Is our understanding of aquatic ecosystems sufficient to quantify ecologically driven climate feedbacks?

By Corday R. Selden, Richard LaBrie, Laura C. Ganley, Daniel R. Crocker, Ohad Peleg, Danielle C. Perry, Hannah G. Reich, Matthew Sasaki, Patricia S. Thibodeau, Jana Isanta-Navarro

Originally published in Global Change Biology in June 2024



The Earth functions as an integrated system—its current habitability to complex life is an emergent property dependent on interactions among biological, chemical, and physical components. As global warming affects ecosystem structure and function, so too will the biosphere affect climate by altering atmospheric gas composition and planetary albedo. Constraining these ecosystem-climate feedbacks is essential to accurately predict future change and develop mitigation strategies; however, the interplay among ecosystem processes complicates the assessment of their impact. Here, we explore the state-of-knowledge on how ecological and biological processes (e.g., competition, trophic interactions, metabolism, and adaptation) affect the directionality and magnitude of feedbacks between ecosystems and climate, using illustrative examples from the aquatic sphere. We argue that, despite ample evidence for the likely significance of many, our present understanding of the combinatorial effects of ecosystem dynamics precludes the robust quantification of most ecologically driven climate feedbacks. Constraining these effects must be prioritized within the ecological sciences for only by studying the biosphere as both subject and arbiter of global climate can we develop a sufficiently holistic view of the Earth system to accurately predict Earth’s future and unravel its past.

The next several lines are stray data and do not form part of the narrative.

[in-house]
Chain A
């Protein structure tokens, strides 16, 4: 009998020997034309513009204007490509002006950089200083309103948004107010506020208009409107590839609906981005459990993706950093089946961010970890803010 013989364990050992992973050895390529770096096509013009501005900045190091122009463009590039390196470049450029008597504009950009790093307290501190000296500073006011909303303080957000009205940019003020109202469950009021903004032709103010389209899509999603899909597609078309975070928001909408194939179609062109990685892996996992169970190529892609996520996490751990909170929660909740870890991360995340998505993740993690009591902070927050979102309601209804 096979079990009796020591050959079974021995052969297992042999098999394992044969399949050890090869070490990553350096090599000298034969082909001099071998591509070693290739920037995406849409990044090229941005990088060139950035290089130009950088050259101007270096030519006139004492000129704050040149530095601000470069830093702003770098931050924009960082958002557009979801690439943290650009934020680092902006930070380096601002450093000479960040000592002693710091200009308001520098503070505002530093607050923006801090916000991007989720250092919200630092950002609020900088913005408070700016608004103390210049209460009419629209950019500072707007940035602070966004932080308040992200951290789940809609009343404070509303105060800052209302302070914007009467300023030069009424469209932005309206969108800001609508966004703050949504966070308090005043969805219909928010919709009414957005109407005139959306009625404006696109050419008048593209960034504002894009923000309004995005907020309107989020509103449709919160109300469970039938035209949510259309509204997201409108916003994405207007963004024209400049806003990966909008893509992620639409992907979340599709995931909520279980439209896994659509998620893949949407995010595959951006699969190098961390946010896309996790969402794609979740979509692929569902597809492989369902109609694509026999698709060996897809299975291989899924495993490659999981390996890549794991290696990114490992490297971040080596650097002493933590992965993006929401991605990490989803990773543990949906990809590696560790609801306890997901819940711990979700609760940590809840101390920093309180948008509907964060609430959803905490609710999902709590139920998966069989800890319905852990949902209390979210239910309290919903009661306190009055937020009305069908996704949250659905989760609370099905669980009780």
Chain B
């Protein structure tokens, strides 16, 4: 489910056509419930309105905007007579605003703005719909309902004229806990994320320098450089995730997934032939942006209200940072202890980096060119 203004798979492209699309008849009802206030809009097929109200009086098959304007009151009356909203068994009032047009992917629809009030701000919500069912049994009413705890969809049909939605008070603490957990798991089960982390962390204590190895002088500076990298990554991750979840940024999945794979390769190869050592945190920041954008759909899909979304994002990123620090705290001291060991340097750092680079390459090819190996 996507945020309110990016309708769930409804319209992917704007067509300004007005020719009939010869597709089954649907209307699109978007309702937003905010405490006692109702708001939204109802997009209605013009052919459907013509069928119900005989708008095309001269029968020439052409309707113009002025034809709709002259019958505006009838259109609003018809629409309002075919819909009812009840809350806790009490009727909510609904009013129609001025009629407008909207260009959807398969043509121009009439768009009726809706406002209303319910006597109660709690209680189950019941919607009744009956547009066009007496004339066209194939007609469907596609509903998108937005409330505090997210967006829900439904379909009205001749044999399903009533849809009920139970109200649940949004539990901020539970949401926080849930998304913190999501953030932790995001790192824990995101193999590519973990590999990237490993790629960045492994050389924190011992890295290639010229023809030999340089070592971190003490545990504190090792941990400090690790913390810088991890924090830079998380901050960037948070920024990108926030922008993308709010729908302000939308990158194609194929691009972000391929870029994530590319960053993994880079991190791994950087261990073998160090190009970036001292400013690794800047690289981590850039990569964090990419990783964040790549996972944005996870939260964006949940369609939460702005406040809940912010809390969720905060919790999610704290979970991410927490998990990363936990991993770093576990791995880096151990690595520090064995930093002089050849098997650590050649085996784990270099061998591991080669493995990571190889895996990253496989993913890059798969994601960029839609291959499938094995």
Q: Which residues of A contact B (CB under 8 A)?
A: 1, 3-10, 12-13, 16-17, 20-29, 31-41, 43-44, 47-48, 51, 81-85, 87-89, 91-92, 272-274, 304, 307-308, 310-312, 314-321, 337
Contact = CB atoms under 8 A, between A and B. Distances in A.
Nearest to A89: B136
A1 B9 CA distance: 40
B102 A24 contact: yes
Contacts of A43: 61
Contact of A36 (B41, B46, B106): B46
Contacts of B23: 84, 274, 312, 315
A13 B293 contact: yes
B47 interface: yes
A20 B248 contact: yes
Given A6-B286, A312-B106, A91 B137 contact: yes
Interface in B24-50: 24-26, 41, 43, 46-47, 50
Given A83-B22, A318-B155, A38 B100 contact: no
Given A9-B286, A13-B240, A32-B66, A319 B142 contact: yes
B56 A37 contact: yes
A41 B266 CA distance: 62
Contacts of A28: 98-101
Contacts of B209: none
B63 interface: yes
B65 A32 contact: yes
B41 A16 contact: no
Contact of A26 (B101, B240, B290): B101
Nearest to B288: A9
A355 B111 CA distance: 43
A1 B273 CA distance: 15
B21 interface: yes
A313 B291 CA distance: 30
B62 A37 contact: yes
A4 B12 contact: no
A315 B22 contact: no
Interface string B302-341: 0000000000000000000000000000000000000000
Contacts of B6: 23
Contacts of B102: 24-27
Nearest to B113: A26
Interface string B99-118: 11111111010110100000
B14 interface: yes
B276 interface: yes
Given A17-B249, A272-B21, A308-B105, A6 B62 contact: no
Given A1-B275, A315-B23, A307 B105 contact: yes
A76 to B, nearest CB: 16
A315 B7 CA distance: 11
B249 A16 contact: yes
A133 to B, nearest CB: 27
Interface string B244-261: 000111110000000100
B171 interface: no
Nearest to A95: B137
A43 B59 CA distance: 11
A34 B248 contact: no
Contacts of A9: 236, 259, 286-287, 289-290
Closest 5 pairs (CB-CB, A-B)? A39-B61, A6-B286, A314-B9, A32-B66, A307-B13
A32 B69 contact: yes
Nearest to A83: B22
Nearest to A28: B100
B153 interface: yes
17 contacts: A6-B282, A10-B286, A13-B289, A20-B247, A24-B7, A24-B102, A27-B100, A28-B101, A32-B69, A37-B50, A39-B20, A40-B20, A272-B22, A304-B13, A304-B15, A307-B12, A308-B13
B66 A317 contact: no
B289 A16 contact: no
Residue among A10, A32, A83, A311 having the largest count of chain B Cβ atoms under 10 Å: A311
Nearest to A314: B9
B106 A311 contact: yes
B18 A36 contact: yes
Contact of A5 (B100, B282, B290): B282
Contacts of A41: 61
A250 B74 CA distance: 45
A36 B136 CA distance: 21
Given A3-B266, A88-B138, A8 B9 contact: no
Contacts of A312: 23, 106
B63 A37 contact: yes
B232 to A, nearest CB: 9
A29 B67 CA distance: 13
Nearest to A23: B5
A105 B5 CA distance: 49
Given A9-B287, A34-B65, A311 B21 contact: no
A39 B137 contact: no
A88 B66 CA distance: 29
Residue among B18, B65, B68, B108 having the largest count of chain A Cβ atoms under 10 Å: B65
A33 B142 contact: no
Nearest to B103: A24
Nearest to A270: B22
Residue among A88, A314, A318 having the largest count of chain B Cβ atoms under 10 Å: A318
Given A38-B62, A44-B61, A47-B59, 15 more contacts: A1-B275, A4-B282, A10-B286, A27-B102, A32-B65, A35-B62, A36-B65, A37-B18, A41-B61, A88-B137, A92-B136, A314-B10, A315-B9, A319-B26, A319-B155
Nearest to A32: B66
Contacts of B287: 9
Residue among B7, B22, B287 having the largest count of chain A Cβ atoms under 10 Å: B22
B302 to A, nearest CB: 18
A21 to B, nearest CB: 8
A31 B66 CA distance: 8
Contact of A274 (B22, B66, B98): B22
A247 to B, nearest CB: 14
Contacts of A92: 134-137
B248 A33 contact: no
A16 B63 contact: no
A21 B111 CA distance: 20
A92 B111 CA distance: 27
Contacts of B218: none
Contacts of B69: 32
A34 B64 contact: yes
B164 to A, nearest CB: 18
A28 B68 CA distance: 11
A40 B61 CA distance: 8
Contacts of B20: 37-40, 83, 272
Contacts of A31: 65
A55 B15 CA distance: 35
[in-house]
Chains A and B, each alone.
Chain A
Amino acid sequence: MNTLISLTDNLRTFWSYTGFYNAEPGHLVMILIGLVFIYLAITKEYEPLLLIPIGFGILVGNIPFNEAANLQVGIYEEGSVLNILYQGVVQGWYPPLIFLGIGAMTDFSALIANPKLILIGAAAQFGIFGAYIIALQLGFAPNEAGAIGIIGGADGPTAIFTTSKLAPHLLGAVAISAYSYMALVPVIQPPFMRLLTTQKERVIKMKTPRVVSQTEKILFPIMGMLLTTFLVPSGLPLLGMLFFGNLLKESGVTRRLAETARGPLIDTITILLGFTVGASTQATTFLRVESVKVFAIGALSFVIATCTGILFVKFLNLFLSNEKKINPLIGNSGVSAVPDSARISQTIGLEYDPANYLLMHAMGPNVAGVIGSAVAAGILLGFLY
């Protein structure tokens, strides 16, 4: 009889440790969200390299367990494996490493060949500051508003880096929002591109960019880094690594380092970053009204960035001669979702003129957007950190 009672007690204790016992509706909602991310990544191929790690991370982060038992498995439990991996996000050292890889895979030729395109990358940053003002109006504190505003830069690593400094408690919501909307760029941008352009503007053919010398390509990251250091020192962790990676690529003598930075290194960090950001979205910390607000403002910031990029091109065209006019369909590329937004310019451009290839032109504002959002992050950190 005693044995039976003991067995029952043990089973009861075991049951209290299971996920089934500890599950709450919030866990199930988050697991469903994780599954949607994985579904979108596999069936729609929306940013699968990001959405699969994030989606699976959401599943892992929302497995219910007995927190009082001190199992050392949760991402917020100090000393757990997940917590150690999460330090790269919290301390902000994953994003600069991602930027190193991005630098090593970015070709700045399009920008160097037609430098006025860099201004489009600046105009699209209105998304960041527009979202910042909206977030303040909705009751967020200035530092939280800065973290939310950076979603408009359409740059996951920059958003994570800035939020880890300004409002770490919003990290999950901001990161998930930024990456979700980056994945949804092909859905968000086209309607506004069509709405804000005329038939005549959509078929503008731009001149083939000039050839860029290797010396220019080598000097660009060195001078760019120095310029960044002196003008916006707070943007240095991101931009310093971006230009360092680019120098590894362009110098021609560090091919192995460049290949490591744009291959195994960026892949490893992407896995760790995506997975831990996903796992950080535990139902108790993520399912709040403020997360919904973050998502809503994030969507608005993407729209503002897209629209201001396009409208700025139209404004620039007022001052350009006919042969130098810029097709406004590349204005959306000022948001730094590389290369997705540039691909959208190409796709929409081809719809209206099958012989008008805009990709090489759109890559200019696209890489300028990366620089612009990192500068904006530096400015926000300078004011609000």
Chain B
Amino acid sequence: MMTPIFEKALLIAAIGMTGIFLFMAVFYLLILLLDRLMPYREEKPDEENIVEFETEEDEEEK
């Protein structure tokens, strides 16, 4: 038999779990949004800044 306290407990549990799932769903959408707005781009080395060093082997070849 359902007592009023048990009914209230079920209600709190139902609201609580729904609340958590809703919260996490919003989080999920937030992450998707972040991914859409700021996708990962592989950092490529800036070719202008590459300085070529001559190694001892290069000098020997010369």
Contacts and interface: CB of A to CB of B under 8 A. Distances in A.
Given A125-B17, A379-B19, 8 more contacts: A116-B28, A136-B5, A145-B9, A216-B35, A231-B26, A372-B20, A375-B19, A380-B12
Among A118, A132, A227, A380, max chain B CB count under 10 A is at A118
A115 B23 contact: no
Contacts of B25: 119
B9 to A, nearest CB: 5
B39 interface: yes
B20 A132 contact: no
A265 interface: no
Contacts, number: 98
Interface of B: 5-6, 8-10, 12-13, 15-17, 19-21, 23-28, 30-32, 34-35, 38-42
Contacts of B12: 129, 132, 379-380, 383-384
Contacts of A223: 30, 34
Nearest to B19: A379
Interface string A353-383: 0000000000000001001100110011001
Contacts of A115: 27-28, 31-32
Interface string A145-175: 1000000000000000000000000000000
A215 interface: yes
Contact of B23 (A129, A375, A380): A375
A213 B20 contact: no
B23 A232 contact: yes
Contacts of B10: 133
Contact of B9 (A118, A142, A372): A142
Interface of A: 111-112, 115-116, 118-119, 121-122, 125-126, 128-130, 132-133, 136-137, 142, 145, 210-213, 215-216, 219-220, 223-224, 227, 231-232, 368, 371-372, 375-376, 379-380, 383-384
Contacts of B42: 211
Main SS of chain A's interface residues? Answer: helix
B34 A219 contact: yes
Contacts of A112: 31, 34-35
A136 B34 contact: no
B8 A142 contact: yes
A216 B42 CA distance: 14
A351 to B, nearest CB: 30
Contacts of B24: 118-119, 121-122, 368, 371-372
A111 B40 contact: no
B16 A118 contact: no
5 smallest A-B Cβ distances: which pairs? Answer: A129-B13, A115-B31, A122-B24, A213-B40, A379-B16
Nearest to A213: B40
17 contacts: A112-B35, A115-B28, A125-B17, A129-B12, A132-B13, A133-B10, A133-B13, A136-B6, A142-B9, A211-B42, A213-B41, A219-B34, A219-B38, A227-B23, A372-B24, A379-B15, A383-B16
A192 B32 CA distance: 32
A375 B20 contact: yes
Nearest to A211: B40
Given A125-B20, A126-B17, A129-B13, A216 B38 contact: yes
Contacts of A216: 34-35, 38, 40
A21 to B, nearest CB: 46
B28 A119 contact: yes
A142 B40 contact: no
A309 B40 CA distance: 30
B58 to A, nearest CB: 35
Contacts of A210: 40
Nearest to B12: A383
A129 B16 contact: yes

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  • Dr. Laura Ganley

    Laura Ganley, Ph.D., Associate Research Scientist, Spatial Ecology, Mapping, and Assessment, Anderson Cabot Center for Ocean Life

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